We’re Excited To Announce A New Utility-Wide Lead Service Line Replacement Program Where We Plan To Remove All Lead And Galvanized Steel Service Lines By 2031.
In accordance with the New Jersey Legislation signed into law on July 22, 2021, utilities must replace the entire length of the lead or galvanized steel service line from the water main in the street to the water meter on the home or building owner’s property.
The following information covers:
- Lead in drinking water
- Steps customers should take to prevent lead exposure
- Steps Middlesex Water is taking to address lead/galvanized steel in customer and company owned service lines
- Answers to frequently asked questions
Like many other water systems in New Jersey, the Middlesex Water system has older homes and buildings that may have lead and galvanized steel service lines. The service lines are small, buried pipes that bring water from the water main in the street to buildings. As water travels through the lead or galvanized steel service line, the corrosion of the pipe can add lead into the treated water delivered to customers. The treated water from Middlesex Water’s treatment plant and street water mains is otherwise lead free. Therefore, the existing lead service lines, lead solder in indoor plumbing, and lead in some older plumbing fixtures are the causes of lead in customers’ drinking water.
Exposure to high levels of lead is a serious health risk. Lead builds up in the body over many years and can cause damage to the brain, red blood cells, and kidneys. The greatest risk is to young children, pregnant women, and unborn babies.
Middlesex Water has been working with communities to reduce their lead exposure. To date, Middlesex Water has taken the following actions:
- Replaced most of the known lead service lines on the utility owned portion of the service line. MWC is in the process of replacing known galvanized steel service lines on utility owned portion of the service line, which can have some lead.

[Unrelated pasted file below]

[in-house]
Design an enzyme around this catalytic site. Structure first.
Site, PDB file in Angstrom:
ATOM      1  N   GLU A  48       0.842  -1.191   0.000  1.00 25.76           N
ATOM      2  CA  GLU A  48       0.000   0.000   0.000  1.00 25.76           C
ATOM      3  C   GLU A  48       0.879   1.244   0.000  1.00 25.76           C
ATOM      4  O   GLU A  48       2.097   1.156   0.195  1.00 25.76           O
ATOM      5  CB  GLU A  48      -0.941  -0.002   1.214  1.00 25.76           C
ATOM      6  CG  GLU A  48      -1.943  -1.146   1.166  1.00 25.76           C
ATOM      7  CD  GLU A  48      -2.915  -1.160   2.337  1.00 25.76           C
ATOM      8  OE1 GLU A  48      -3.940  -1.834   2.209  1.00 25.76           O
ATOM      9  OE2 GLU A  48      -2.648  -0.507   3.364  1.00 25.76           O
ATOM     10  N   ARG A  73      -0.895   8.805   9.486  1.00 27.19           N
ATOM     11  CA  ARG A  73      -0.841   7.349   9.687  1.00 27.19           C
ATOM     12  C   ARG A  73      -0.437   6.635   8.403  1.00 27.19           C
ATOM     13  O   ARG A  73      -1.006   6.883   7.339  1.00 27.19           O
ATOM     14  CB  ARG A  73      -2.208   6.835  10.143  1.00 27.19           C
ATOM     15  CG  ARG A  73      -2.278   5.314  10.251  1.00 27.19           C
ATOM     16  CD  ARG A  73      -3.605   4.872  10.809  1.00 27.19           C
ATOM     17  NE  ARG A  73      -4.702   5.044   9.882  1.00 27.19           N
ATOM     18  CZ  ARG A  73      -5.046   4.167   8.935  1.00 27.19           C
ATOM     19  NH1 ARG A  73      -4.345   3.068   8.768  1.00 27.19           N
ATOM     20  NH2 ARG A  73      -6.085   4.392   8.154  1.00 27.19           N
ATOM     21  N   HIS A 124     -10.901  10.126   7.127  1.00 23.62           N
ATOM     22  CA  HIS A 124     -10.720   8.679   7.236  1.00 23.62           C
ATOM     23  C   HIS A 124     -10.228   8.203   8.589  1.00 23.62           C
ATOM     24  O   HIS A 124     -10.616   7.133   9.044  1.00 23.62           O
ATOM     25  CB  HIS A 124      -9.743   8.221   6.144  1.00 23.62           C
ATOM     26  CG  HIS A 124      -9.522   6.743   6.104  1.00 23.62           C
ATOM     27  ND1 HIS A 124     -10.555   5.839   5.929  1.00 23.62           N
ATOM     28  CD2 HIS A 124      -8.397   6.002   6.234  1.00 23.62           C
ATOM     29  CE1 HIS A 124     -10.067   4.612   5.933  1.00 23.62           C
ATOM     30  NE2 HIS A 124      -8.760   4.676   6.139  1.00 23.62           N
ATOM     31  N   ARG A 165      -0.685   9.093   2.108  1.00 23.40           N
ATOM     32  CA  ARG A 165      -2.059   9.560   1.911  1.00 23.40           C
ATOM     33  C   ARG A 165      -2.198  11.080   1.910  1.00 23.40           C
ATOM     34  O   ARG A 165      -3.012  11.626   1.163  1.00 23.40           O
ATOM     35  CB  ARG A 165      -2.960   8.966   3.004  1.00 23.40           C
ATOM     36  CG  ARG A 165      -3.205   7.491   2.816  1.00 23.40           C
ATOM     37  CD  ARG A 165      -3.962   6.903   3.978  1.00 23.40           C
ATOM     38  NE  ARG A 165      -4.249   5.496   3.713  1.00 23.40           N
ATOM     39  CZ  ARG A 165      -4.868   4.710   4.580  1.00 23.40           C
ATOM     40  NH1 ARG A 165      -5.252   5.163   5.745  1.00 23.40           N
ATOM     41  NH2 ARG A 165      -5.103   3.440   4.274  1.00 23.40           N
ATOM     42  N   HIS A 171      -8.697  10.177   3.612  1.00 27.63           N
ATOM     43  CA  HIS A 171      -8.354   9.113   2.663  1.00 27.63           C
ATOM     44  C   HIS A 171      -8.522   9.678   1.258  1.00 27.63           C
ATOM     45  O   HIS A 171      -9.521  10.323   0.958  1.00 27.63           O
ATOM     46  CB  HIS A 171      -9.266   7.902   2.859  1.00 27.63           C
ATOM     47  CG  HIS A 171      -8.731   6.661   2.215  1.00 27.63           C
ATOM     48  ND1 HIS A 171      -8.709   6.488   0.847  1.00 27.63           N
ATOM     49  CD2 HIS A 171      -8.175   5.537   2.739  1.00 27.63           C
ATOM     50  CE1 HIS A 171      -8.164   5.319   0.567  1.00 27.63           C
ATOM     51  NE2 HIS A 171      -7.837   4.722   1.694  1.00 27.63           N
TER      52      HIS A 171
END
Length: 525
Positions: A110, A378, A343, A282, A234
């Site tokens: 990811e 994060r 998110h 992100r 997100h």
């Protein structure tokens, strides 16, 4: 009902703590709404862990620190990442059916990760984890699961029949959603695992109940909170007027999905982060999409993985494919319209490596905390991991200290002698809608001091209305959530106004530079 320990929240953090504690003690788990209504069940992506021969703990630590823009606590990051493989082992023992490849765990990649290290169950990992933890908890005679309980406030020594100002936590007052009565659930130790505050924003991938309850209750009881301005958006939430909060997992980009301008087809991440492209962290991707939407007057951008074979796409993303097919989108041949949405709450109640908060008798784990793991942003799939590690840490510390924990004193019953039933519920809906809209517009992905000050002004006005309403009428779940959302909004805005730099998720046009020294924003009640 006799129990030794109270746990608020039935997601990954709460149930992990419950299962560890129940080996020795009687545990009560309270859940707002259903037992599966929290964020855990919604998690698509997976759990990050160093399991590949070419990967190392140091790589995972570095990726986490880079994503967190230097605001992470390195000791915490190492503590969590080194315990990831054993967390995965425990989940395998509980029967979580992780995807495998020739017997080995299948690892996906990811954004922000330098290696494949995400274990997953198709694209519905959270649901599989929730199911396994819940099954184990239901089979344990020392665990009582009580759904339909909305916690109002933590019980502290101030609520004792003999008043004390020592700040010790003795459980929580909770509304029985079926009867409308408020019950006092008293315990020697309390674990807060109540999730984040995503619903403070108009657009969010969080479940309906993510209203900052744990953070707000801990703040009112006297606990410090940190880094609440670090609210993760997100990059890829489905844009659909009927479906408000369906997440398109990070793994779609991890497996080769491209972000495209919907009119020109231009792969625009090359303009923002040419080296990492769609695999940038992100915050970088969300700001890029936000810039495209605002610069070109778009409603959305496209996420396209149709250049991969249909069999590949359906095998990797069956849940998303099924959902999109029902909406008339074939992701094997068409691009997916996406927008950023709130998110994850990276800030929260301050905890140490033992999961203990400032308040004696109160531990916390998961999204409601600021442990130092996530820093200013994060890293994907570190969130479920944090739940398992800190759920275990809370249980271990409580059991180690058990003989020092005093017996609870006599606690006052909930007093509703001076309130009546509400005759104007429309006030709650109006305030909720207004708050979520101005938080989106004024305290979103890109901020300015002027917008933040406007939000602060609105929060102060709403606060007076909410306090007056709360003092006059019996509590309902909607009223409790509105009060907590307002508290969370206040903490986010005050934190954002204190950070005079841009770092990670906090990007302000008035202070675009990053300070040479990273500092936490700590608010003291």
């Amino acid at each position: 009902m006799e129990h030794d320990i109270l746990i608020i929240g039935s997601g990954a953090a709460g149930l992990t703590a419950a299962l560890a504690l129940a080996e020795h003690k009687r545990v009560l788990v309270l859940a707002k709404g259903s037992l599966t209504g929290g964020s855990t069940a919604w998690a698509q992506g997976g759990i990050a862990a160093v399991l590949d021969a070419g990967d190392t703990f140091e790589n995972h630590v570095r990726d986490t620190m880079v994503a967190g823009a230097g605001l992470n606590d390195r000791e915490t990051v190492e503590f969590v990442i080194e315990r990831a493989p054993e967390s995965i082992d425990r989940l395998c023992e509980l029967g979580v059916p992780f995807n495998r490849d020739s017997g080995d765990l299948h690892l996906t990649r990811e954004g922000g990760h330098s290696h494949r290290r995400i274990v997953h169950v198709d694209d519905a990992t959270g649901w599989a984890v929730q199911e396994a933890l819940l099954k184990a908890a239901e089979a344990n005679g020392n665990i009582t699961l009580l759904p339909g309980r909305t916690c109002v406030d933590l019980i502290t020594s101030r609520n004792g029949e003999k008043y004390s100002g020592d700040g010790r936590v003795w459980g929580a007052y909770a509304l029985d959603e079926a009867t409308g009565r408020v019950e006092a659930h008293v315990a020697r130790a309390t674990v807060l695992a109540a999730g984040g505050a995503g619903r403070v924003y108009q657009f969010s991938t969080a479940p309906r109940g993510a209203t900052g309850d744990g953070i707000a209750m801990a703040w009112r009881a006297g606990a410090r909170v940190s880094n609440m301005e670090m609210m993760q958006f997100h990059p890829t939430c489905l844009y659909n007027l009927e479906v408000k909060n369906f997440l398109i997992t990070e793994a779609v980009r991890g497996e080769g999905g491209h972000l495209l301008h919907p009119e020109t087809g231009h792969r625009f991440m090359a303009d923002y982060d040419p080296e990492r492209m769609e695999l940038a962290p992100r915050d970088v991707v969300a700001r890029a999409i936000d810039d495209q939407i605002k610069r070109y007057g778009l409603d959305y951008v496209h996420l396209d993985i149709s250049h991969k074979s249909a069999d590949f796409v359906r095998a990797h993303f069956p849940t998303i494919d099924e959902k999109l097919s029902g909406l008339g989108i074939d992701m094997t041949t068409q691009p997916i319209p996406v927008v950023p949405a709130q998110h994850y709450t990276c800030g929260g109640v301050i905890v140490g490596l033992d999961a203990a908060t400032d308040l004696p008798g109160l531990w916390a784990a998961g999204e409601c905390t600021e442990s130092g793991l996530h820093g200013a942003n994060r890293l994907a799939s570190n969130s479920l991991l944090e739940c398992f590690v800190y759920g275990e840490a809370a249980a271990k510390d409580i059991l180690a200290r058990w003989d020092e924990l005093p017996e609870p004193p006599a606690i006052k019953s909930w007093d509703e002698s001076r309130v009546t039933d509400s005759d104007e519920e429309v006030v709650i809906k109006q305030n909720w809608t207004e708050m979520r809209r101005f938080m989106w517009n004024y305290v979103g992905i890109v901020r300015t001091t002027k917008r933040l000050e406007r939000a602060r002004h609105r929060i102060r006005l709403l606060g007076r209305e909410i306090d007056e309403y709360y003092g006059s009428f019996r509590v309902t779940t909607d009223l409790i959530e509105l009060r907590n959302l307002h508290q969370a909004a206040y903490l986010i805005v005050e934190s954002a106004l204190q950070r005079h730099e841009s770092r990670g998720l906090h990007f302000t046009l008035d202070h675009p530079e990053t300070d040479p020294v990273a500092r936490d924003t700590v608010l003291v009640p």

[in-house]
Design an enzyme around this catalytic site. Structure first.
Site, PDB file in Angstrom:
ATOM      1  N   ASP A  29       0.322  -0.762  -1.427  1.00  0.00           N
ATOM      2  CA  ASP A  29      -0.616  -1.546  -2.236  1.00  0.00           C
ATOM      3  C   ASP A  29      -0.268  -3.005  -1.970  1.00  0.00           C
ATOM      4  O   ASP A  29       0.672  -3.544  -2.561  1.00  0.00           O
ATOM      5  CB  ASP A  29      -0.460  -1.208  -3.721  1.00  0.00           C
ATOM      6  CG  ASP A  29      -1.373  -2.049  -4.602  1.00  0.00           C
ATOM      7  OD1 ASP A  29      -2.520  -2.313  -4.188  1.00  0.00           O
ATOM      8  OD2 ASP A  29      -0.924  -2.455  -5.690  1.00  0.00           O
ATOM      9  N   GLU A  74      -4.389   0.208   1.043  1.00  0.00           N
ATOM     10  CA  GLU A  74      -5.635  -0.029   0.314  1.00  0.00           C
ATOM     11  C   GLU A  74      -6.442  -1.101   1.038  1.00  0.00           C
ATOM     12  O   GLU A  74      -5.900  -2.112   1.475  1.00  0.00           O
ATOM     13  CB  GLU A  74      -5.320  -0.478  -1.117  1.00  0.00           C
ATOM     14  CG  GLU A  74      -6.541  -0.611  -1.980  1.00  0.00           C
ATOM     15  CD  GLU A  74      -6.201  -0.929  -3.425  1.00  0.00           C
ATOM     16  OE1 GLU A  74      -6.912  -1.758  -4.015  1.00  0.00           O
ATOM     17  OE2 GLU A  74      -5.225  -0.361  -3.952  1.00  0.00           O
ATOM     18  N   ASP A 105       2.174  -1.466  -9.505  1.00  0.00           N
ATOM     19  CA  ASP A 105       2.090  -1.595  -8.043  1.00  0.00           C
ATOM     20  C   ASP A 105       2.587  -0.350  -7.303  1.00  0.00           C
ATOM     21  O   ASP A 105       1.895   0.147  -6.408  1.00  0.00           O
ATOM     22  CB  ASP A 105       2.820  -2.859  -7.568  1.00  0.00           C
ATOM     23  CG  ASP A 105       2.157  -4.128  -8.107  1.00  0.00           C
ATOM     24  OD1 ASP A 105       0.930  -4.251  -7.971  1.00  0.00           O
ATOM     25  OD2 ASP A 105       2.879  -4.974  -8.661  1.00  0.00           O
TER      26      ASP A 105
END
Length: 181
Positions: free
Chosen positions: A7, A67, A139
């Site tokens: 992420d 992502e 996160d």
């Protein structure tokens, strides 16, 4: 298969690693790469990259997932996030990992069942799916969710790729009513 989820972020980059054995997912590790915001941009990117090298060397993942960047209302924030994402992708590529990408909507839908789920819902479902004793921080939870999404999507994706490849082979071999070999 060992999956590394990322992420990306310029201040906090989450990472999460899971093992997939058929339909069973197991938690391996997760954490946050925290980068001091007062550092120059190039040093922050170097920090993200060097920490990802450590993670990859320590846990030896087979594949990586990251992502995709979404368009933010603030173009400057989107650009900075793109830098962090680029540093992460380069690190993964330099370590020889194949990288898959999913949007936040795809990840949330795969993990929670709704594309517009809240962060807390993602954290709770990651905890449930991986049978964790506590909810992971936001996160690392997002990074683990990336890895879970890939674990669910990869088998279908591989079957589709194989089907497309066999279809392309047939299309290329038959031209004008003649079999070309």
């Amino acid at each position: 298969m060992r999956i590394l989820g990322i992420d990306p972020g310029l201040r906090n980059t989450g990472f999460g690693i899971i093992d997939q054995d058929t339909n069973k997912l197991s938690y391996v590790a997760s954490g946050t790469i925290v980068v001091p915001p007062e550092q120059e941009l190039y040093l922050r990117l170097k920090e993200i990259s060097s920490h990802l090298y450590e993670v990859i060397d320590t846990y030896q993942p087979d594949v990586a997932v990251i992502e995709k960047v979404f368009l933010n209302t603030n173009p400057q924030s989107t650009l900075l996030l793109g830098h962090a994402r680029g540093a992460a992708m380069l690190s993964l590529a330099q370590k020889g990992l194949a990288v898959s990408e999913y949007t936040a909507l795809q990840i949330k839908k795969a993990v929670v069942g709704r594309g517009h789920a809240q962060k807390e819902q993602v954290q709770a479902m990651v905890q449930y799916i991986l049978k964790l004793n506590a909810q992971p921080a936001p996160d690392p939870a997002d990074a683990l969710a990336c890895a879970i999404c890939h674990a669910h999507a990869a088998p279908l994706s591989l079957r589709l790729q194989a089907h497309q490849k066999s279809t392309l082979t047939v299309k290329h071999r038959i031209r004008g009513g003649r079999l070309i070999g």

- Uses pH control and adds the corrosion control chemical, zinc orthophosphate as a treatment chemical. Zinc orthophosphate coats the inside of the service lines helping to minimize the amount of lead dissolving into the water.
- Tests water every six months in at least 100 high-risk homes in the distribution system, in compliance with state and federal requirements. The test results have never been above the U.S. Environmental Protection Agency’s (EPA) lead or copper action levels per the Lead and Copper Rule.
New Jersey Legislation signed into law on July 22, 2021, requires water utilities to replace all lead and galvanized steel service lines by 2031. Middlesex Water is starting a program that will replace all remaining lead and galvanized steel service lines at no direct cost to the property owner.
Without financial help from the utility, a property owner would pay about $3000 to $5000 to replace their service line. Middlesex Water is not required to help financially but decided that a no cost program would be the best way to ensure public health. Since service lines are owned by both the property owner and Middlesex Water, the success of the program requires property owner collaboration. Middlesex Water needs your help to identify the material of the water service line located on your property, so we can replace lead and galvanized steel service lines with a copper service line. Information on how to identify your service line material and provide the results to Middlesex Water is provided in the section below “Getting the Lead Out- A Shared Responsibility”.